At last work is beginning to settle down again, although this is likely to be the calm before the storm (that is our next technical review). I've finally found the time to catch up with recent releases from a few linux distributions, just to see how far they've come since last time I looked. I have to say the results have been impressive.
I've been wondering for a while what I will do when Windows XP finally loses support from Microsoft. It's been pretty good once you figured out how to turn off all the designer-appeal smooth scrolling crud. In fact underneath you have an operating system which is quite industrial in look and feel. You plug a device in, it shows up (maybe after some driver installation) but the whole experience has become a sort of defacto standard of how operating systems should behave (if they want mass appeal that is).
None of MS's more recent offerings have really appealed to me though. I look at Windows 7 and at various points I can say "oh yeah - that's the XP interface". That shouldn't really happen for a total re-write. Likewise with Windows 7, I don't like the way MS change things just for the sake of it. Why rename important features and then hide them in new menus? This reason alone has stopped me from upgrading my home PC. Just because MS want me to buy their new O/S doesn't mean I will, especially if I can't see any improvements.
This leads me nicely on to Debian. I have been quite impressed with their latest release and what's more I have discovered that some of my home software actually runs on it thanks to something called "Play on Linux". The possibility of still using my favourite bits of Windows software (ok some games) on Debian is a real selling point (or would be, but Debian is free anyway). Add in the fact that anything you learn about using Debian can also be useful for learning to use a Raspberry Pi and the future becomes more interesting - after all the Pi hardware is actually cheaper than a copy of Windows 8.
As a result I have become aware of a few other changes in the linux world too. Although the Raspberry foundation seem to be promoting Java and Python, I came across a post mentioning a basic-like programming language called BaCon (which is actually a basic-to-C convertor). This lead me back to good old Puppy linux which is still my absolute favourite linux version. I was also suitably impressed to discover Squeezed-Arm-Puppy which actually runs on the Pi. So there in a nutshell is my new preferential upgrade path. Debian for home (with a puppy live disk as backup); Raspbian and Sap-Puppy for my Pi and an old netbook which will continue to run XP. I will enjoy finding out how BaCon compares with Visual Basic when I get around to rewriting some of my work utilities with it.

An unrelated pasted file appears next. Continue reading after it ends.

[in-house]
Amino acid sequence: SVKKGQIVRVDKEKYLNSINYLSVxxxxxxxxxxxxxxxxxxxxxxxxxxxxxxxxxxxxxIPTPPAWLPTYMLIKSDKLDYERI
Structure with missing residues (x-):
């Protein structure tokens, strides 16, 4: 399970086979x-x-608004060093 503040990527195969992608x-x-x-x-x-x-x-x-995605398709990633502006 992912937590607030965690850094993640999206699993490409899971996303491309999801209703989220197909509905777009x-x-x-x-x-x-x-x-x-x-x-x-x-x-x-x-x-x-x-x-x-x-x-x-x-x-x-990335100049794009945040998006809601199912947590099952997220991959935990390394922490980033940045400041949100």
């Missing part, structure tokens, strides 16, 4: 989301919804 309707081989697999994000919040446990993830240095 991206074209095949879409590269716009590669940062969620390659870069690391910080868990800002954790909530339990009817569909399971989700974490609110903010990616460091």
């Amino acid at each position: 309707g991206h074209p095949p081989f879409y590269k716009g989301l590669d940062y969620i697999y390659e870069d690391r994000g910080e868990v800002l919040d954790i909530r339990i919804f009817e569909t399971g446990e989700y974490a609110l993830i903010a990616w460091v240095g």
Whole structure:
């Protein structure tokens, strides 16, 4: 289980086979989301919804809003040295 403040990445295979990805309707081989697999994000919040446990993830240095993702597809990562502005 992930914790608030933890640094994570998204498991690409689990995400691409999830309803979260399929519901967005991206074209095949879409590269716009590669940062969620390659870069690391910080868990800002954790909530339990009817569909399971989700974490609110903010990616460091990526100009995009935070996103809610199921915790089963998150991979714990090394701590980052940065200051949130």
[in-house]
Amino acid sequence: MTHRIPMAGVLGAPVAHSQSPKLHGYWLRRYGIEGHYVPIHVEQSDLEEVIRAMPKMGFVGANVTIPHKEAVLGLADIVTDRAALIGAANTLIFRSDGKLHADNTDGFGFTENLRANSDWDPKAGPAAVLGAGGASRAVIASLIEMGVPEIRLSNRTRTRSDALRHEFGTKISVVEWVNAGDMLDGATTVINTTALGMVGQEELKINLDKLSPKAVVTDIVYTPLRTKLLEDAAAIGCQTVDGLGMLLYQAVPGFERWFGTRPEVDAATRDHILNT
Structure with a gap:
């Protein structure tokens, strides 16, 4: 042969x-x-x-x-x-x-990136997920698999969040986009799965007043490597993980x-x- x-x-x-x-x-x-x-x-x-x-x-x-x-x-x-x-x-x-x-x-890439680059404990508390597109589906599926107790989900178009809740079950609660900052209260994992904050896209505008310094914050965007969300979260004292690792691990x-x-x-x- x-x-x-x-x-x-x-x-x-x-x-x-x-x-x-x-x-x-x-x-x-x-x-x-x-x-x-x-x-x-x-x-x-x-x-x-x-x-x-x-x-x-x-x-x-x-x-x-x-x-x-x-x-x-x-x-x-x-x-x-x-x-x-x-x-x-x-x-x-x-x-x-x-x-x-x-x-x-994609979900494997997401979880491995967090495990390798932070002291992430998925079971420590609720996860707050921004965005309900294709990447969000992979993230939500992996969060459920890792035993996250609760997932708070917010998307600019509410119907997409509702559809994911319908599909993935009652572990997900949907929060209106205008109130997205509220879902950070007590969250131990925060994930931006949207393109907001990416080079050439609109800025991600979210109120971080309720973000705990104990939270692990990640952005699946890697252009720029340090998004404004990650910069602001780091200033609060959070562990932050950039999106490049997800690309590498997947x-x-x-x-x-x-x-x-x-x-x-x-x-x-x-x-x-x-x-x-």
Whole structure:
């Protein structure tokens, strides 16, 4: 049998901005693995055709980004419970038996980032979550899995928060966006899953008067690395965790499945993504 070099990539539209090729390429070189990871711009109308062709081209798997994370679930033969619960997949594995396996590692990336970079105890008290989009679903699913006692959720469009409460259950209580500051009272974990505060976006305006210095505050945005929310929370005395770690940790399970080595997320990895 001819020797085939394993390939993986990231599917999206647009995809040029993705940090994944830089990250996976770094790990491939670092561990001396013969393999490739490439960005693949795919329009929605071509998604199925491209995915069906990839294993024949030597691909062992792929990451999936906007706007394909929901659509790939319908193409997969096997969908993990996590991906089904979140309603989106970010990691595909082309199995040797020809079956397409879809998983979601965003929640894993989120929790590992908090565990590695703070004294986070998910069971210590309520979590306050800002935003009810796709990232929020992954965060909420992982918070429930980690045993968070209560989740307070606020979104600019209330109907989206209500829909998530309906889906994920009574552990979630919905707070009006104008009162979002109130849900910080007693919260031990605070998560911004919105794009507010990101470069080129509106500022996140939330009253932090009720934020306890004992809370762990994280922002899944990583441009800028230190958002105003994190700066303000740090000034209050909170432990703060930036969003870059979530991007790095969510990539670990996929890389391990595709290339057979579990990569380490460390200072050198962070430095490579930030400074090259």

The really strange bit is that now things have calmed down at work, the games machine has seen a lot less use in the same time-frame. I even went out and bought a Google Nexus as part of an energy-efficiency drive. I've found this to be a lot quicker than waiting for XP to boot-up so it stops me from using the big-old-desktop just to check email. I was most impressed last week when I was able to drag & drop a few files onto a browser and then access the documents on my Nexus while in a meeting. That's one of those features that you know you're going to use again and again until you're taking it for granted.
In another post I mention a solar charger I picked up from Maplins earlier this year (for £20) which I've discovered is capable of powering the Pi (sadly not the monitor too). Results are out on whether or not I'll make any savings with this lot after our energy tracker showed a 16% usage increase last month. I have however put this down to our greater reliance on the tumble dryer at this time of year and possibly bad usage monitoring on my part last year (at least I ruled out the big-old-desktop by hardly using it for a month). I have an idea that maybe Solar-Pi will become juniors new favourite media player (running XBMC which is also fantastic) which will help reduce our usage even further next year.
Social commentators may start to see a theme here: our requirements are changing from slow bloated code on big desktops to compact code that does the job and runs from cheaper power sources. Maybe the next generation of computing devices will come with solar panels as standard?